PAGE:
Trust me, if you’re willing to put in the time to optimize for conversions, you’ll increase the demand on your business.
You’ll set yourself up perfectly to price your logos exactly where they need to be.
3. Your logo rate is…comfortable.
The biggest mistake I see my fellow logo designers make is keeping their logo rates the same for years on end.
They get comfortable with a rate which prospects often say “yes” to. Since they say “yes” so much, it has to be the perfect number, right?
Think of your logo portfolio from a couple years ago. Most of us would say that we’ve learned and improved quite a bit over that 2 year timeframe.
Many of us would even cringe at some of our old logos. We don’t want some of them to see the light of day.
You’ve upped your game. You’ve honed your craft. You’ve gained valuable experience.
David Airey developed a design pricing formula which I feel is pretty much spot on. Take a look at the formula below to get a better idea for each factor that plays into determining your logo rates:
Level of expertise
Service and support
Level of demand
There’s a reason why “level of expertise” is at the top.
Knowledge, skill and design quality all make up this category of expertise. These are some of the biggest determinants of value when your pricing your logo services.
Don’t do a disservice to yourself with a stagnant price which represented your work from a couple years ago.
If you need to set a reminder each quarter to take another look your pricing, get it done. Constantly reevaluate your logo rates so they represent the real value you bring to the table.
The Power of Transparency
You already know that honesty is a virtuous quality.
You also know that winning that next logo project is predicated on building two things: Value and trust.
Most prospects will give you the benefit of the doubt and assume you’re generally an honest person.
But what if you took honesty to the next level? What if you could somehow show them that you’re honest person? Someone they could truly trust?
“Honesty is about the scars. It’s about the blemishes. But it’s more than just bragging about failure, which could be a form of ego. It’s about truly helping people.” – James Altucher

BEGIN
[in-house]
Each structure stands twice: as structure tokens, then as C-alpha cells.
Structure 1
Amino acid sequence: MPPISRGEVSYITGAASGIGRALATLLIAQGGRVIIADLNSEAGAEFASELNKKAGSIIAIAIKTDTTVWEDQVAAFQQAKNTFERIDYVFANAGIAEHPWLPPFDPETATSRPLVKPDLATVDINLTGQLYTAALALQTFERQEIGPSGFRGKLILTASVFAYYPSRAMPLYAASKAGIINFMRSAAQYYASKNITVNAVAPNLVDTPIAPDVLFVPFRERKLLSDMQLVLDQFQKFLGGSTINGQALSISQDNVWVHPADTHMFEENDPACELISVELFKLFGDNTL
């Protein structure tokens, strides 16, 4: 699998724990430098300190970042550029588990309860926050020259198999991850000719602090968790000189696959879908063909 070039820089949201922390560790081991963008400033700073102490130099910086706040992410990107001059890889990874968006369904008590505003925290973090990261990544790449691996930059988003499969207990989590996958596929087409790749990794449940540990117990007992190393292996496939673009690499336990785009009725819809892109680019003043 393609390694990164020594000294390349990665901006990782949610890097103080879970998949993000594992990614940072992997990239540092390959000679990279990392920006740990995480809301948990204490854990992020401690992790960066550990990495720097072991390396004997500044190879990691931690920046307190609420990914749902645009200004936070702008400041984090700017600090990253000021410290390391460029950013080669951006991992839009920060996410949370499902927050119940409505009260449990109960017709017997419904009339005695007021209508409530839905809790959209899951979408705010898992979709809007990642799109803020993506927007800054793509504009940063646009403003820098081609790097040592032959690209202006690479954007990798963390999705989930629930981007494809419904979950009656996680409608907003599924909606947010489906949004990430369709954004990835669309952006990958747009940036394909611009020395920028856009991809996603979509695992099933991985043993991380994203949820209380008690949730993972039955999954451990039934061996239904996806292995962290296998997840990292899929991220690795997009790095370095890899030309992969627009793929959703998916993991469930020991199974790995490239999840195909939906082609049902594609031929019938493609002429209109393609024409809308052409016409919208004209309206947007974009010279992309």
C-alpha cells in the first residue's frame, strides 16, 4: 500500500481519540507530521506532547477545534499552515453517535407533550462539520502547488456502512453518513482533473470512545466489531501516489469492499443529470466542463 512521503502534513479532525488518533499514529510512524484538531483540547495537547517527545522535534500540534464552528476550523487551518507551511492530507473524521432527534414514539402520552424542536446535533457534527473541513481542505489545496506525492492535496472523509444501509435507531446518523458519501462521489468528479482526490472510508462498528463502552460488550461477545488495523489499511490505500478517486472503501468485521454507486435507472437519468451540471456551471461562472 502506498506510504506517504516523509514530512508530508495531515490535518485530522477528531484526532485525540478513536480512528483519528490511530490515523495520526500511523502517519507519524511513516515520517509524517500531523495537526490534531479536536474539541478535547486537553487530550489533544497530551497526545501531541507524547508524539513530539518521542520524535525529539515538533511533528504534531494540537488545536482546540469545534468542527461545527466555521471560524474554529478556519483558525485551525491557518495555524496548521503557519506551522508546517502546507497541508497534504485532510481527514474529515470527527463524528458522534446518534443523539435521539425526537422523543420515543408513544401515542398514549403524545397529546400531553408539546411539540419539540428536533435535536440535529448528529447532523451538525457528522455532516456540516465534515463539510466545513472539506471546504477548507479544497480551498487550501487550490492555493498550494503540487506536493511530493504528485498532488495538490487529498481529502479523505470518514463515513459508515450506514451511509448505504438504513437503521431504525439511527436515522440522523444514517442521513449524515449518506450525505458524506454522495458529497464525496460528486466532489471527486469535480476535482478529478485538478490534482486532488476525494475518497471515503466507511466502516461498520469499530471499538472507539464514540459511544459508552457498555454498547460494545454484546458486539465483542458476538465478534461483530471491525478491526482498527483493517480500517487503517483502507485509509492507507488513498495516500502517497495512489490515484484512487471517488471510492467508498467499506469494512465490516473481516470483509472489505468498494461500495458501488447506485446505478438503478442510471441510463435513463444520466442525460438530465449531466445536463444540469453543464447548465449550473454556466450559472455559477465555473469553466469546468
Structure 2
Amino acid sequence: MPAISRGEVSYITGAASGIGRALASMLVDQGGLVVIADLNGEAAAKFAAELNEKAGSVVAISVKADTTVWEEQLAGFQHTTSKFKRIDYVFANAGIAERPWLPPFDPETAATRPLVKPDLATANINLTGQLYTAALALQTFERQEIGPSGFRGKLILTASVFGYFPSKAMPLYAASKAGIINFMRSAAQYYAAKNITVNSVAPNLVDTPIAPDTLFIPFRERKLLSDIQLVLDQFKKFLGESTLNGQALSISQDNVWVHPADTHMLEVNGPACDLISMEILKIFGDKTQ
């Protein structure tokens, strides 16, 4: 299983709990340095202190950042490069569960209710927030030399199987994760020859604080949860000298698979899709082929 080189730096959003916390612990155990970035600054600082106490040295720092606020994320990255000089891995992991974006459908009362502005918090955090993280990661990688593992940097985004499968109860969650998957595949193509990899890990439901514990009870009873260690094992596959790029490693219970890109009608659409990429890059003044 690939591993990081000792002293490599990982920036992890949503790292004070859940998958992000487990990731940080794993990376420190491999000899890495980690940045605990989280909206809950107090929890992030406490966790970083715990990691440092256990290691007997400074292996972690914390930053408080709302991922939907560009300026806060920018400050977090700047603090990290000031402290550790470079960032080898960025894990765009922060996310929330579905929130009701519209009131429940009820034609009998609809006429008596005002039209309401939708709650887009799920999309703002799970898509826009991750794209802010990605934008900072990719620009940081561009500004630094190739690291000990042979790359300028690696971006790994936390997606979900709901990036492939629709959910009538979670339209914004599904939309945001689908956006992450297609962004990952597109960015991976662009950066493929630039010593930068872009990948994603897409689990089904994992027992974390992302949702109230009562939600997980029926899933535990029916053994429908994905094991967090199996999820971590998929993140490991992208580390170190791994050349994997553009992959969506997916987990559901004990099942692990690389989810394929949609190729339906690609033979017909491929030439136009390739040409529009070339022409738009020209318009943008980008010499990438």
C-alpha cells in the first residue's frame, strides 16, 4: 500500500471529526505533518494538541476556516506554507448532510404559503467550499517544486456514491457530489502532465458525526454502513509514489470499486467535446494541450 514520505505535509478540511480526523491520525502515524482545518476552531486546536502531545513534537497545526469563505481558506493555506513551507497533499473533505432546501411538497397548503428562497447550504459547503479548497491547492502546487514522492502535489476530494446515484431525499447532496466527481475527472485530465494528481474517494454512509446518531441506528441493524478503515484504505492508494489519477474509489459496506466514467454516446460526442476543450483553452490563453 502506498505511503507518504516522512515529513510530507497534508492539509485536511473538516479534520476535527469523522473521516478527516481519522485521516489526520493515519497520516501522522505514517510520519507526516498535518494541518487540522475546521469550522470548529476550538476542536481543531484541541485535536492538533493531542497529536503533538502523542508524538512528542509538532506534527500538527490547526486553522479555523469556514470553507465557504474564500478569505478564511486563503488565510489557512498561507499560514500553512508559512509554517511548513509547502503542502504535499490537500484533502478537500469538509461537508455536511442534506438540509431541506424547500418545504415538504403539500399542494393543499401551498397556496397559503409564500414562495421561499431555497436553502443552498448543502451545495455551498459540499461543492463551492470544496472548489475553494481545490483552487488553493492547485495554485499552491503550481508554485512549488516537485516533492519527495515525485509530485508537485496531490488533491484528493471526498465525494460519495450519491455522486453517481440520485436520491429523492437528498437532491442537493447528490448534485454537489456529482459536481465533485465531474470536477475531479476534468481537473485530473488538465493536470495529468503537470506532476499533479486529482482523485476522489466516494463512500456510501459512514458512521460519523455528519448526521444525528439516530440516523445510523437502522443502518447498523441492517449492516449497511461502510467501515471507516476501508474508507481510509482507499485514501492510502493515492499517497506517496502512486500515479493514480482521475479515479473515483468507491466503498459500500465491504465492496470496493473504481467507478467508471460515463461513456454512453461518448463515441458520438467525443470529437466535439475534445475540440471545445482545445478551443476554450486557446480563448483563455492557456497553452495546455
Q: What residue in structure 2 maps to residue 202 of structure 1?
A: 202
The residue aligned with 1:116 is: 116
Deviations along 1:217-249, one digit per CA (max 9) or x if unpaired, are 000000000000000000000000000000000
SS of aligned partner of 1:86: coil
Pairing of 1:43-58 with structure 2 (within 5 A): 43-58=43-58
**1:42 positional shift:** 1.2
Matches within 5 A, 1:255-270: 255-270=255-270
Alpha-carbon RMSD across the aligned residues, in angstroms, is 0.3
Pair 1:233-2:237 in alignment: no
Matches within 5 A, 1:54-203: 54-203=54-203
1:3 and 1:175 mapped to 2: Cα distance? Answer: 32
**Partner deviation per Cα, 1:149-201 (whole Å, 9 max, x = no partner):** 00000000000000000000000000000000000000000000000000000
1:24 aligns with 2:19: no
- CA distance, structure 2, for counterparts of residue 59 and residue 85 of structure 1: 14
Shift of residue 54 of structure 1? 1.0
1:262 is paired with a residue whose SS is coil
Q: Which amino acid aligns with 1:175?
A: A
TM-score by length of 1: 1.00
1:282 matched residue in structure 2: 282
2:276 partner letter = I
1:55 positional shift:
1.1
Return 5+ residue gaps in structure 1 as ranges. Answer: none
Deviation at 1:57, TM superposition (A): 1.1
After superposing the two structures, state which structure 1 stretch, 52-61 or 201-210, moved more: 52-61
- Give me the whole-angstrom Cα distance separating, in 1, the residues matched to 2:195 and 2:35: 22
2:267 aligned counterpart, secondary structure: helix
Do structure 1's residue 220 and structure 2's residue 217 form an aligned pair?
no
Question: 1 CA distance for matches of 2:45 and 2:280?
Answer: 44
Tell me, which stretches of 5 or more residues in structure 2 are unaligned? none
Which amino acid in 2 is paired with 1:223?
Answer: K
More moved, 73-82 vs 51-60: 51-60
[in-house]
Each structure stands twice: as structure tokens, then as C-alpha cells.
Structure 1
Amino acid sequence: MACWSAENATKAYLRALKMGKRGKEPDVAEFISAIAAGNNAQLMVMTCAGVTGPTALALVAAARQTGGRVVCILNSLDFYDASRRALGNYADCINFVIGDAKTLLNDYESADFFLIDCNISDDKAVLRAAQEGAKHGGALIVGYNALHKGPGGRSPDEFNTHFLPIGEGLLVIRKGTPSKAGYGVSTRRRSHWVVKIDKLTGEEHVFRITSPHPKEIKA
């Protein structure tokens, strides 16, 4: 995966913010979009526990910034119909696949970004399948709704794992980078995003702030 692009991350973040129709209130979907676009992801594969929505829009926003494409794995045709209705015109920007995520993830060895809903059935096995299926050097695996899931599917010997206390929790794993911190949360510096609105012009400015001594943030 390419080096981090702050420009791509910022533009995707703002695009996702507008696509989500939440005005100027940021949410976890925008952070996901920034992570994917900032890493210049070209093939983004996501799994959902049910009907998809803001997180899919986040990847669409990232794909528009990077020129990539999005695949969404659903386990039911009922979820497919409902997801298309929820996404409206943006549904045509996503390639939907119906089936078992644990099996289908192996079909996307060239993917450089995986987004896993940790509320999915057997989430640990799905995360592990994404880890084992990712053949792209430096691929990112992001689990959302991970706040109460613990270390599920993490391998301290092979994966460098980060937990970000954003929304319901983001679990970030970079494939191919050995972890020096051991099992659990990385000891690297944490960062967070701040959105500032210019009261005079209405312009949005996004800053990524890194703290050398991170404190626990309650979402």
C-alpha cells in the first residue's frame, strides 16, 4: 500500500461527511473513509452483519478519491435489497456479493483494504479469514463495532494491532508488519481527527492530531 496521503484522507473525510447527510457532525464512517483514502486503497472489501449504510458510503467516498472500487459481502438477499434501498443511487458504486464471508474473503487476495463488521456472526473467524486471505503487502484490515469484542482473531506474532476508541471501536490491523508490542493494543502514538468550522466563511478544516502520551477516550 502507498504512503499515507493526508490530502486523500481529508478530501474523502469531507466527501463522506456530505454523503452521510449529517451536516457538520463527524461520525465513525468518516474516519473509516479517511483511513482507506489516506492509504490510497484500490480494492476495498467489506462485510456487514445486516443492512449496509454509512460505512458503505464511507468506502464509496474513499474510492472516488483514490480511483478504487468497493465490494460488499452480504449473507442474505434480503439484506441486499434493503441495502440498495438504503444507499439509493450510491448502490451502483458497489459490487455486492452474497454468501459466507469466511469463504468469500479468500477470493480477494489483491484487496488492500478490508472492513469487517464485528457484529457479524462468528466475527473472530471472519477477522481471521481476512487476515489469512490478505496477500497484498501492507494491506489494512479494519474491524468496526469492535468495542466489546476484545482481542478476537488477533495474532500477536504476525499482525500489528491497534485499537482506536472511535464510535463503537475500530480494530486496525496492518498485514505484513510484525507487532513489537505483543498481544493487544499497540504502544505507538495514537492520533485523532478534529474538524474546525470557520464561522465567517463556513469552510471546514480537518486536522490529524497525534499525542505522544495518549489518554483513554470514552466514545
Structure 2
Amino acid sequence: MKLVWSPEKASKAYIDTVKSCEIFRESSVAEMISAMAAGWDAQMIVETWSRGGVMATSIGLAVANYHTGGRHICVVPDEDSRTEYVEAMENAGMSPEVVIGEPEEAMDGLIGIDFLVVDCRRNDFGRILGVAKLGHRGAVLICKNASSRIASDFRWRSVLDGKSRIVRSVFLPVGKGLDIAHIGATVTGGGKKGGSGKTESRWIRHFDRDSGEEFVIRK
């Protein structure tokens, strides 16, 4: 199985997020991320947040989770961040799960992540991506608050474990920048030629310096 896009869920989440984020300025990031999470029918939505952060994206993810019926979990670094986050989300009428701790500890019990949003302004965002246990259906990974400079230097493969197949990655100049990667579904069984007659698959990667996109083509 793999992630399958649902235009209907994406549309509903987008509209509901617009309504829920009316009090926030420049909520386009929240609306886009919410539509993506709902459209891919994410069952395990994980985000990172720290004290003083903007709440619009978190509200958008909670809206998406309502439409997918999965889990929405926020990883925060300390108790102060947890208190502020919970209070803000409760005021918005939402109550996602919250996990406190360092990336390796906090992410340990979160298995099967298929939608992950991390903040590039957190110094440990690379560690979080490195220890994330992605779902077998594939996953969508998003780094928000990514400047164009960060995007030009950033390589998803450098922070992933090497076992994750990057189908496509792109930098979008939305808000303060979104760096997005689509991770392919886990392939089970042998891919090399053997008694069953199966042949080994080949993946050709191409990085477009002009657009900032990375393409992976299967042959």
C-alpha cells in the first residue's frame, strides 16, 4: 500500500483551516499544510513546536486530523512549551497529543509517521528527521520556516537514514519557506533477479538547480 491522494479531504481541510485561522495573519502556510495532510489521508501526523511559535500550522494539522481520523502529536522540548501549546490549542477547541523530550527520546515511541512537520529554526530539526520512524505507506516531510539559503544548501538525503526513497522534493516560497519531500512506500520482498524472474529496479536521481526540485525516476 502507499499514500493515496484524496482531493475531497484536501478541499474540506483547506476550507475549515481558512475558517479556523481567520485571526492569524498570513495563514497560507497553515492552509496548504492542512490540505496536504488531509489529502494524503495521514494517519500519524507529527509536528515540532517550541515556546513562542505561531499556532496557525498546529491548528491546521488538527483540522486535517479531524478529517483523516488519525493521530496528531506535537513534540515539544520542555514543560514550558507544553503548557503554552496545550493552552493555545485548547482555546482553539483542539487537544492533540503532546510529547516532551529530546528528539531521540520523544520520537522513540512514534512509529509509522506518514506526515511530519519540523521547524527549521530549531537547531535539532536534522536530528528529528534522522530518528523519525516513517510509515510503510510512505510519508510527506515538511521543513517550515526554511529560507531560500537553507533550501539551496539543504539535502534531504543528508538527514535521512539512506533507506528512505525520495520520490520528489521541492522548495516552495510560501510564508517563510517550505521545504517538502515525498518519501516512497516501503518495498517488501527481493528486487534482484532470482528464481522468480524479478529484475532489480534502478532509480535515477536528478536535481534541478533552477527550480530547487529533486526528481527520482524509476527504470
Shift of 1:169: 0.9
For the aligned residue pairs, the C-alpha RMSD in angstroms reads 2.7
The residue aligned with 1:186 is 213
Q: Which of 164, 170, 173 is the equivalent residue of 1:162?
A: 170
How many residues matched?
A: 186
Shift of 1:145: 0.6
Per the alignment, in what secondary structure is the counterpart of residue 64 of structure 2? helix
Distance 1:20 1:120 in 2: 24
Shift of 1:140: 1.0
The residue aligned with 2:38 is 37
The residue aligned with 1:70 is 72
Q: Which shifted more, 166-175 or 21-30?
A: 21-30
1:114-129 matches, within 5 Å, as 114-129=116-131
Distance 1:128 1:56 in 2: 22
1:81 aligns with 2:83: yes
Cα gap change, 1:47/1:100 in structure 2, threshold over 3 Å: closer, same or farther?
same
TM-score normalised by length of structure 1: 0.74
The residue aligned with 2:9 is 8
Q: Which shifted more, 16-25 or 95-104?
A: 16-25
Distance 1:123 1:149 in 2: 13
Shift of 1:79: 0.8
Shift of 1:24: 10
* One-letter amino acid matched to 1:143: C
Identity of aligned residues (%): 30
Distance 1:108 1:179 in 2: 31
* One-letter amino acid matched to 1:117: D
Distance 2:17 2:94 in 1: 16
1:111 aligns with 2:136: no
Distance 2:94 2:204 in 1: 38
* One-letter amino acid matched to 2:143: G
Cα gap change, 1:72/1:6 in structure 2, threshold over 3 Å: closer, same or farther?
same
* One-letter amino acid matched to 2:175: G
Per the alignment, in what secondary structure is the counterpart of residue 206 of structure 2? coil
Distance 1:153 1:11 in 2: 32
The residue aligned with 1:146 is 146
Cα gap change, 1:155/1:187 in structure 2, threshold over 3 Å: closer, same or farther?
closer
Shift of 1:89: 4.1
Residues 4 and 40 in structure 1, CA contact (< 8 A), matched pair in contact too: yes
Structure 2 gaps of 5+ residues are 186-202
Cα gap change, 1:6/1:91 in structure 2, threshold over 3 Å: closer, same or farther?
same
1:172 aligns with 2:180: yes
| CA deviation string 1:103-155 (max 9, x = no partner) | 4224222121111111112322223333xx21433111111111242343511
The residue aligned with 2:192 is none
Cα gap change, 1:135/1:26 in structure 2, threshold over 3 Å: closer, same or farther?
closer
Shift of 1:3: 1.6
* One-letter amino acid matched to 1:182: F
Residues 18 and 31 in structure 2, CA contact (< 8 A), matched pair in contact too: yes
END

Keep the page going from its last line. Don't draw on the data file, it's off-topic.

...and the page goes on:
I’ve learned over time that being super transparent with prospects plays is a key factor in winning more logo design projects—and giving yourself the chance to raise prices.
Here’s what I’ll communicate to prospects before a potential logo project…
I’ll let them know, “If you’re looking for the cheapest logo designer out there, then I’m not the best fit. But, if you need a quality logo that represents your business in an effective way…then the fit is right.”
Do you see what happened in that conversation?
A higher level of trust and value were established.
They knew I had their best interest in mind because I could have left out the part where I’m essentially announcing that my logo services aren’t cheap.
I’ve found that clients see this type of transparency…refreshing.
They can even resonate with this idea of not being the cheapest because many times, they tend to have the exact same business philosophy.
They aren’t the cheapest company among their competitors either, and know what it means to have a value-based mindset.
All of the sudden, you have a commonality with this person. They understand where you’re coming from. They get it.
Skeptics may dub this is as “over-transparency”, or more specifically, “A quick way to lose a potential client,” but I’m telling you…it just works.
If you implement this into your own conversations with prospects, you’ll win way more logo projects along the way.
Branding happened in this conversation too.
I associated myself with design quality—not communicated with a haughty disposition, but with a confident and firm delivery.
There are those rare cases where consumers just straight up don’t care about value. And that’s okay. These are the tire kickers you don’t want to work with anyway.
These individuals have a set number in their head on what they think a logo should cost. Anything outside of this set number becomes too much — no matter what type of value you provide.
Thankfully, most situations aren’t like this.
It really is a sad thing is to see businesses sometimes pull back funding on the visual cornerstone of their brand. They see a logo as an expense rather than an investment.
Sometimes, it’s impossible to convince potential clients that it’s all about value. Their mind is made up and it’s out of our control.
What we can control is having the wherewithal to weed out the bad leads and from the good.
In the end, don’t take value-based pricing for granted when it comes to your logo services.
Discover the level of value you bring to the table, take an honest look at what your logos are worth, and set your rate.
Once your rate is set, stick to your guns until you have the chance to reevaluate.
Gone are the days of settling for overly-cheap logo pricing.
Don’t sell yourself short.
It’s a freeing feeling when your logo rate is at a price that aligns with the value you provide.